WASHINGTON, June 27, 2013 — The Supreme Court released high-profile opinions on same-sex marriage, the Voting Rights Act, and the right against self-incrimination in the last two weeks. These opinions reveal a court that doesn’t fit easily into the categories of “conservative” and “liberal,” a court that is both cautious and activist.
The majority opinion on DOMA (United States v. Windsor), crafted by Justice Kennedy, is a case in point.
The opinion does not, as the celebrations and mourning suggest, legalize same-sex marriage. The question facing the court was narrow: Can the federal government recognize some marriages that are recognized by the states, and not recognize others? The answer was “no.”
Under DOMA, Massachusetts could permit same-sex marriages, and those marriages were legal. The federal government did not recognize them when granting spousal rights in federal programs and for tax purposes, but the marriages were entirely legal. Striking down DOMA (specifically, Section 3) did not create a right of same-sex marriage, nor did it require any state to recognize same-sex marriages performed in other states.
Subject to guarantees (e.g., Loving v. Virginia, which struck down laws against interracial marriage), marriage has been treated as an exclusive province of the states. The individual states impose their own requirements for marriage, setting residence requirements, minimum age requirements, and other rules for obtaining a marriage license. This remains the case, a fact specifically noted in Kennedy’s opinion.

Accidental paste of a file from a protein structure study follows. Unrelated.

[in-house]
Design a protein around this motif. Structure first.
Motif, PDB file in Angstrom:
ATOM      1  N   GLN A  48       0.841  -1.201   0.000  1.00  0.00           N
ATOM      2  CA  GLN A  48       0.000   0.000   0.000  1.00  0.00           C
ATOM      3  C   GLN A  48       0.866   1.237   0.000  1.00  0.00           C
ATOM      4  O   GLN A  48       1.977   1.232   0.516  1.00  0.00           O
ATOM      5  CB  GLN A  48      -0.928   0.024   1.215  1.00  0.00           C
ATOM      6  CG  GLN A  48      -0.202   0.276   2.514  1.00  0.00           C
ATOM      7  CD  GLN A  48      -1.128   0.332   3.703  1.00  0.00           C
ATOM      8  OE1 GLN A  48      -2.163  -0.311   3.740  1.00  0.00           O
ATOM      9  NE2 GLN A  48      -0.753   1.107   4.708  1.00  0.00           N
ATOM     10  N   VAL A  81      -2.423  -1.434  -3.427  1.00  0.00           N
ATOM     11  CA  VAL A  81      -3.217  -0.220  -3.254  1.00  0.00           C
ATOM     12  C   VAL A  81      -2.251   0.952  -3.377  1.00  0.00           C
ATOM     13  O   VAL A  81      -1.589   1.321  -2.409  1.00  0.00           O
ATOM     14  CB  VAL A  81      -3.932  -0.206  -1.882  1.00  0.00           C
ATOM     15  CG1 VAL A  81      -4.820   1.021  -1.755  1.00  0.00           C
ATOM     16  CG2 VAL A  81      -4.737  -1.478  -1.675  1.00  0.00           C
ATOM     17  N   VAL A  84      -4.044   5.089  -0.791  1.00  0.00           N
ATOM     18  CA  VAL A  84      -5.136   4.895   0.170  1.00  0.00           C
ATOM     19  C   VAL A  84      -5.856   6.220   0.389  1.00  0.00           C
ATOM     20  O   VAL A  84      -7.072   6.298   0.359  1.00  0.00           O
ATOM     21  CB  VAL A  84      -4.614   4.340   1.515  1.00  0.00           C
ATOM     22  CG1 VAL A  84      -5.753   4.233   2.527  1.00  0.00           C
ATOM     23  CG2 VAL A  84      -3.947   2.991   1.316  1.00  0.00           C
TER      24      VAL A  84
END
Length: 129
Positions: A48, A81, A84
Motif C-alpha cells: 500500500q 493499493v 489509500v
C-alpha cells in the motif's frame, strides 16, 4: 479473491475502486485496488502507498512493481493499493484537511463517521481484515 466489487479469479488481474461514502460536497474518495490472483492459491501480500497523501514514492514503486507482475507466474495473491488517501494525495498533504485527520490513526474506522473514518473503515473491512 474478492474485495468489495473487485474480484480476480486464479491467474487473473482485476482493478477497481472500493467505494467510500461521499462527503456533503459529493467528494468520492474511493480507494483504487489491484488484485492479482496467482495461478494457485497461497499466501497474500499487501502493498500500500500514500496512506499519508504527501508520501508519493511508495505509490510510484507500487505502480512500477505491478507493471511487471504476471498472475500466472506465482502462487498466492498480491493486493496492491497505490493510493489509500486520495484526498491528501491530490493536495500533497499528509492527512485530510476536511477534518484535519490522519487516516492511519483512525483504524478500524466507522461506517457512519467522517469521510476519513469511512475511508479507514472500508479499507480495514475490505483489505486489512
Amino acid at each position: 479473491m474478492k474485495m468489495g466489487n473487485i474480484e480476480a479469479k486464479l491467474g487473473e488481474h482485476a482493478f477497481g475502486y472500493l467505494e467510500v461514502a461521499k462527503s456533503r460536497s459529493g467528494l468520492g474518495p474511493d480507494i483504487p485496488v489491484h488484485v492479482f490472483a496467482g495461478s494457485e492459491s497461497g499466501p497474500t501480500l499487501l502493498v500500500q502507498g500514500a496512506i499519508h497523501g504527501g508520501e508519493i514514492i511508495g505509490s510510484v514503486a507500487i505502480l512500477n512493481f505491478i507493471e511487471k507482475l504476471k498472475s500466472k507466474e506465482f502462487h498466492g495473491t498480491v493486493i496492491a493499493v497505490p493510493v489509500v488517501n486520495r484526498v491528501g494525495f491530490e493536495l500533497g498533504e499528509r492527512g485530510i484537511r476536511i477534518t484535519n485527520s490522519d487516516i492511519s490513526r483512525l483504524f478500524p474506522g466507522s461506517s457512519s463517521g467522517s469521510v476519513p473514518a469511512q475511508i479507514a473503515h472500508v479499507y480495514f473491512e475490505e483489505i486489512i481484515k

The essentially conservative approach taken by Kennedy is illustrated here: “Marriage laws may vary from State to State, but they are consistent within each State. DOMA rejects this long-established precept. … New York’s actions were a proper exercise of its sovereign authority.” DOMA was a negation of the state’s authority to define marriage. The primary argument used to overturn Section 3 was the Fifth Amendment, but the court’s opinion leaves the responsibility for deciding what a marriage is squarely in the hands of the states.
A gay couple can marry in California. The state of California and the federal government will recognize them as married and provide them with all the benefits a married couple is legally entitled to. If they move to Louisiana, that state will not recognize their marriage or provide any state benefits that are provided to married couples in Louisiana. A gay couple in Louisiana will not be able to marry there, and they will be ineligible for federal benefits to married couples unless they move to a state that recognizes same-sex marriage and get married there.
If marriage activists in Louisiana want to change that, they’ll have to work at the level of state law. The Supreme Court gave same-sex couples in Louisiana nothing.
This isn’t to minimize the impact of the court’s decision. It’s a strong boost to proponents of same-sex marriage legalization. It increases the likelihood that measures to legalize same sex marriage in states that don’t recognize them will be successful. It formalizes at the federal level a change in the way Americans are thinking about marriage. It is good news for people who favor same-sex marriage across the country, bad news for those who oppose it.
If Kennedy’s opinion was narrow and conservative in some ways, it was radical in another. The minority opinions in Supreme Court cases are often more interesting than majority opinions, and they are often much more direct. Justices Scalia and Alito, and Chief Justice Roberts all wrote dissenting opinions, and the three agree on one thing: It was remarkable that the court heard this case at all.